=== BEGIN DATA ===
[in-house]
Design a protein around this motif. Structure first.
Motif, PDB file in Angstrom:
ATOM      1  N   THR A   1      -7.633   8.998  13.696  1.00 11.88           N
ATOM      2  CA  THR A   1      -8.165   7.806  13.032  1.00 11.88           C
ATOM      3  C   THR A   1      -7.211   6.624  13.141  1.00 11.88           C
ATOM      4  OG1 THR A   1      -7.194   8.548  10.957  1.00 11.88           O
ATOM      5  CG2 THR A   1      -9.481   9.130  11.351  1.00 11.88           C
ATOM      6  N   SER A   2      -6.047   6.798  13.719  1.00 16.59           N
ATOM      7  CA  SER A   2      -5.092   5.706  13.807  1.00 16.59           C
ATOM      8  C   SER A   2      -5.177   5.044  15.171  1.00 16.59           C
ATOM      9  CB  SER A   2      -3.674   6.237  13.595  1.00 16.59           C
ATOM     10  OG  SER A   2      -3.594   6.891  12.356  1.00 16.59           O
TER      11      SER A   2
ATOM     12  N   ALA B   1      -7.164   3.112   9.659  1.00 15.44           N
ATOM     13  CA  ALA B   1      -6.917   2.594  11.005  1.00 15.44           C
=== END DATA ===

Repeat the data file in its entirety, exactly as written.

[in-house]
Design a protein around this motif. Structure first.
Motif, PDB file in Angstrom:
ATOM      1  N   THR A   1      -7.633   8.998  13.696  1.00 11.88           N
ATOM      2  CA  THR A   1      -8.165   7.806  13.032  1.00 11.88           C
ATOM      3  C   THR A   1      -7.211   6.624  13.141  1.00 11.88           C
ATOM      4  OG1 THR A   1      -7.194   8.548  10.957  1.00 11.88           O
ATOM      5  CG2 THR A   1      -9.481   9.130  11.351  1.00 11.88           C
ATOM      6  N   SER A   2      -6.047   6.798  13.719  1.00 16.59           N
ATOM      7  CA  SER A   2      -5.092   5.706  13.807  1.00 16.59           C
ATOM      8  C   SER A   2      -5.177   5.044  15.171  1.00 16.59           C
ATOM      9  CB  SER A   2      -3.674   6.237  13.595  1.00 16.59           C
ATOM     10  OG  SER A   2      -3.594   6.891  12.356  1.00 16.59           O
TER      11      SER A   2
ATOM     12  N   ALA B   1      -7.164   3.112   9.659  1.00 15.44           N
ATOM     13  CA  ALA B   1      -6.917   2.594  11.005  1.00 15.44           C